Martin Army Community Hospital's Capt. Leonardo Bermudez prepares doses of COVID vaccine for BMACH's drive-thru.
1 / 3 Show Caption + Hide Caption – Martin Army Community Hospital's Capt. Leonardo Bermudez prepares doses of COVID vaccine for BMACH's drive-thru. (Photo Credit: U.S. Army) VIEW ORIGINAL
Martin Army Community Hospital's Capt. Leonardo Bermudez prepares doses of COVID vaccine for BMACH's drive-thru.
2 / 3 Show Caption + Hide Caption – Martin Army Community Hospital's Capt. Leonardo Bermudez prepares doses of COVID vaccine for BMACH's drive-thru. (Photo Credit: U.S. Army) VIEW ORIGINAL
Capt. Leonardo Bermudez, assistant OIC of Martin Army Community Hospital's COVID Vaccine Drive-Thru, pictured during the last week of the operations. (U.S. Army photo courtesy Ron Mooney)
3 / 3 Show Caption + Hide Caption – Capt. Leonardo Bermudez, assistant OIC of Martin Army Community Hospital's COVID Vaccine Drive-Thru, pictured during the last week of the operations. (U.S. Army photo courtesy Ron Mooney) (Photo Credit: U.S. Army) VIEW ORIGINAL

FORT BENNING, GA. – “I volunteered for the COVID Vaccine Drive-Thru,” said Capt. Leonardo Bermudez. “Sgt. 1st Class [Valerie] Via and I were usually the first ones to show up and the last ones to leave. It was a lot of work, a lot of long days, but it was fun.”

“I was in charge of mixing the vaccines,” explained the Tampa, Fla. native. “The hardest part, especially at the very beginning, was making sure I mixed it properly. Also that toward the end of the day, ensuring we would have enough so we didn’t waste any vaccines.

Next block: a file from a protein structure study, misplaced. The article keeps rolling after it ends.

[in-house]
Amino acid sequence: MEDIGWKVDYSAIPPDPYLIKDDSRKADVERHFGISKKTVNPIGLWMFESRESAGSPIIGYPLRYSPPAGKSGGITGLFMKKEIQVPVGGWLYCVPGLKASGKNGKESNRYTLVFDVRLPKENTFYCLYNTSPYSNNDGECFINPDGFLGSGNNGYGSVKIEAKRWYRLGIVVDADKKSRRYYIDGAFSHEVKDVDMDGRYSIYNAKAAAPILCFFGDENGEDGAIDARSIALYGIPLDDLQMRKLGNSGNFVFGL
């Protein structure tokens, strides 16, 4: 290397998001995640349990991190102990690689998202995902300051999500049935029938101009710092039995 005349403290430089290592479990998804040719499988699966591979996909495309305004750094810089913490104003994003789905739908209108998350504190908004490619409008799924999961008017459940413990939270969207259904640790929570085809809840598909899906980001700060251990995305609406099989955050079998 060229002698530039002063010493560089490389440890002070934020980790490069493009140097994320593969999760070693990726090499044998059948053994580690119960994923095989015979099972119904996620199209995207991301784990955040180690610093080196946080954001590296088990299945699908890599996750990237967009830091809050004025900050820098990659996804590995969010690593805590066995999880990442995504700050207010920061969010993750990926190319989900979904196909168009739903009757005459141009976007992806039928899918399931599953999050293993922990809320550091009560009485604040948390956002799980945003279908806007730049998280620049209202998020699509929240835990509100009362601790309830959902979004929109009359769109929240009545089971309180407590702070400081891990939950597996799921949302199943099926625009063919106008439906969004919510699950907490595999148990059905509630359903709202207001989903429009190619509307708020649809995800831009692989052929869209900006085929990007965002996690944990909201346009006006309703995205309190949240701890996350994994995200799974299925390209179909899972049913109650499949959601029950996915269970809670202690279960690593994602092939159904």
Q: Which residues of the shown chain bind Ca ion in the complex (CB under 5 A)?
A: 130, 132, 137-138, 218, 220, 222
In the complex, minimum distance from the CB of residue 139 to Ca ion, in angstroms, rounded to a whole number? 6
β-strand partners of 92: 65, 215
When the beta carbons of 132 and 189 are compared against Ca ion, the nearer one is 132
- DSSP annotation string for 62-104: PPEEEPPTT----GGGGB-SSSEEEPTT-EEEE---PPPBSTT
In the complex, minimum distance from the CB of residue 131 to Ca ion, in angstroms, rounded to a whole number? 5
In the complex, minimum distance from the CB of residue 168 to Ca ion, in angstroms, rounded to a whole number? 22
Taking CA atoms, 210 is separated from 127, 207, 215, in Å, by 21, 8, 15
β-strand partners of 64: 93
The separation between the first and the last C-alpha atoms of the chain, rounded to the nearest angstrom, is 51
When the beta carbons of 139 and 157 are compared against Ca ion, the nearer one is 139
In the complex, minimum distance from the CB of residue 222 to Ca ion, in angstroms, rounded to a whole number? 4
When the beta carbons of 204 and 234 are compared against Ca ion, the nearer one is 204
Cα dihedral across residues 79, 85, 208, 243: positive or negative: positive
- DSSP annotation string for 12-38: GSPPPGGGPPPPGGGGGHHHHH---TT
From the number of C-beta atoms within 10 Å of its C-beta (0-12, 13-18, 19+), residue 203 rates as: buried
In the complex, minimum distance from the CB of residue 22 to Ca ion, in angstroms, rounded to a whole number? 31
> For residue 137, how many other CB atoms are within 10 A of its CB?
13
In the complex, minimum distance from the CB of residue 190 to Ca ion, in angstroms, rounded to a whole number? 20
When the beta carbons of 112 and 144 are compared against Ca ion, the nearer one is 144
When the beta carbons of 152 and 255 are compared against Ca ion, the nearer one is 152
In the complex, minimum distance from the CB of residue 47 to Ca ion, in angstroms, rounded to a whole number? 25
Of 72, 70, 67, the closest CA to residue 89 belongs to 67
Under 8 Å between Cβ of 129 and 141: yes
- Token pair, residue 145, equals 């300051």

“We never had any issues as far as having to waste vaccines because we mixed them.”

Bermudez admitted during the busiest days he would need help prepping the syringes, due to the sheer volume of vaccinations the medics were administering.

“I was a pharmacy tech when I was enlisted. So it kind of reminded me of being a pharmacy tech. I was just mixing medications, just like making IVs.”

Now that the demand for vaccinations has waned, Martin Army Community Hospital is moving the operations into BMACH’s Department of Primary Care. The drive-thru closes June 18 and Bermudez will transition to the Soldier Recovery Unit (SRU), next month.

“I will be a nurse case manager at the SRU,” said Bermudez. “I’m most looking forward to helping the Soldiers get ready; either if they have to be medically discharged or helping them get back into the fight.”

Bermudez started as a floor nurse in Inpatient Behavioral Health when he first pcs’d to Fort Benning from San Antonio in July 2017.

“It’s a field I had never experienced. I’m glad I took the challenge,” said the 66H, medical-surgical nurse. “Working in the unit taught me to be a little more patient in a way; be able to listen to patients’ needs.

“It was nice to see patients who were having an episode and then to see how after being there for 2-3 days sometimes a week or more, to see how they recover. And then seeing them in the hallways saying that they are taking care of themselves.”

After two years, he became the clinical nurse officer in charge (CNOIC) of the Department of Surgery clinics. Bermudez oversaw prepping of procedures for various clinics such as urology, ophthalmology, orthopedics and general surgery. It wasn’t face to face patient care, something he is looking forward to getting back into at the SRU.